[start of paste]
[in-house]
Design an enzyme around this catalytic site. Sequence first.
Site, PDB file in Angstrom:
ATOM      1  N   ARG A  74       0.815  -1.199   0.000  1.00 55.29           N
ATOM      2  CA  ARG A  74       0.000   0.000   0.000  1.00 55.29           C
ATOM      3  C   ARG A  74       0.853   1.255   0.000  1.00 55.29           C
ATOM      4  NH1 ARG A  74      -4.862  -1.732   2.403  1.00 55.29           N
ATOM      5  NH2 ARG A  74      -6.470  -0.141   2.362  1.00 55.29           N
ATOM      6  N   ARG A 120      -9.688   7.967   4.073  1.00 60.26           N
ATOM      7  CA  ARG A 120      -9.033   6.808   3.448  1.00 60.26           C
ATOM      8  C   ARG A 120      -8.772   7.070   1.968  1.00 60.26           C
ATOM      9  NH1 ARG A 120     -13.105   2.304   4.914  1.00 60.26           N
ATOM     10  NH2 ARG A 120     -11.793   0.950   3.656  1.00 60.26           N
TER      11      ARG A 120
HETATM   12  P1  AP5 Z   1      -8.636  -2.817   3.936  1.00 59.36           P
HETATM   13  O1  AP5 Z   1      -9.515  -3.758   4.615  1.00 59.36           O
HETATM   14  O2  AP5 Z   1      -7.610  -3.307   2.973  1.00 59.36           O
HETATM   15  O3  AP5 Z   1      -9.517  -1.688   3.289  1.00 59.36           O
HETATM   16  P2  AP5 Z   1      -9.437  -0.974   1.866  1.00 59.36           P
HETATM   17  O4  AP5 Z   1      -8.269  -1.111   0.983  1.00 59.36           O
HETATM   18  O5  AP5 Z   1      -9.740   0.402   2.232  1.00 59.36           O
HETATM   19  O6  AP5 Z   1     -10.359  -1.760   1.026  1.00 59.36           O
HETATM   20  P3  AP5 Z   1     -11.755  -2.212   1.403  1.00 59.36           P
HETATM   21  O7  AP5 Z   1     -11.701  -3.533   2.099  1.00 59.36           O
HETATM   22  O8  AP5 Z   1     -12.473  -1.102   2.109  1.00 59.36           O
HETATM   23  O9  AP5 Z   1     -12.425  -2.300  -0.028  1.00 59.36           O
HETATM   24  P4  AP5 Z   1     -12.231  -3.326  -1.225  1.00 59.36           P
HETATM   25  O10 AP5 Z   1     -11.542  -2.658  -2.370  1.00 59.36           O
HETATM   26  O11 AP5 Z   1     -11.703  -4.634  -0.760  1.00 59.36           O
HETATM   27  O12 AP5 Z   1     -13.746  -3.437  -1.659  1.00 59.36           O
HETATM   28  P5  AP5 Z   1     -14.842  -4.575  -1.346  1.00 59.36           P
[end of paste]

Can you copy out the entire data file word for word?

[in-house]
Design an enzyme around this catalytic site. Sequence first.
Site, PDB file in Angstrom:
ATOM      1  N   ARG A  74       0.815  -1.199   0.000  1.00 55.29           N
ATOM      2  CA  ARG A  74       0.000   0.000   0.000  1.00 55.29           C
ATOM      3  C   ARG A  74       0.853   1.255   0.000  1.00 55.29           C
ATOM      4  NH1 ARG A  74      -4.862  -1.732   2.403  1.00 55.29           N
ATOM      5  NH2 ARG A  74      -6.470  -0.141   2.362  1.00 55.29           N
ATOM      6  N   ARG A 120      -9.688   7.967   4.073  1.00 60.26           N
ATOM      7  CA  ARG A 120      -9.033   6.808   3.448  1.00 60.26           C
ATOM      8  C   ARG A 120      -8.772   7.070   1.968  1.00 60.26           C
ATOM      9  NH1 ARG A 120     -13.105   2.304   4.914  1.00 60.26           N
ATOM     10  NH2 ARG A 120     -11.793   0.950   3.656  1.00 60.26           N
TER      11      ARG A 120
HETATM   12  P1  AP5 Z   1      -8.636  -2.817   3.936  1.00 59.36           P
HETATM   13  O1  AP5 Z   1      -9.515  -3.758   4.615  1.00 59.36           O
HETATM   14  O2  AP5 Z   1      -7.610  -3.307   2.973  1.00 59.36           O
HETATM   15  O3  AP5 Z   1      -9.517  -1.688   3.289  1.00 59.36           O
HETATM   16  P2  AP5 Z   1      -9.437  -0.974   1.866  1.00 59.36           P
HETATM   17  O4  AP5 Z   1      -8.269  -1.111   0.983  1.00 59.36           O
HETATM   18  O5  AP5 Z   1      -9.740   0.402   2.232  1.00 59.36           O
HETATM   19  O6  AP5 Z   1     -10.359  -1.760   1.026  1.00 59.36           O
HETATM   20  P3  AP5 Z   1     -11.755  -2.212   1.403  1.00 59.36           P
HETATM   21  O7  AP5 Z   1     -11.701  -3.533   2.099  1.00 59.36           O
HETATM   22  O8  AP5 Z   1     -12.473  -1.102   2.109  1.00 59.36           O
HETATM   23  O9  AP5 Z   1     -12.425  -2.300  -0.028  1.00 59.36           O
HETATM   24  P4  AP5 Z   1     -12.231  -3.326  -1.225  1.00 59.36           P
HETATM   25  O10 AP5 Z   1     -11.542  -2.658  -2.370  1.00 59.36           O
HETATM   26  O11 AP5 Z   1     -11.703  -4.634  -0.760  1.00 59.36           O
HETATM   27  O12 AP5 Z   1     -13.746  -3.437  -1.659  1.00 59.36           O
HETATM   28  P5  AP5 Z   1     -14.842  -4.575  -1.346  1.00 59.36           P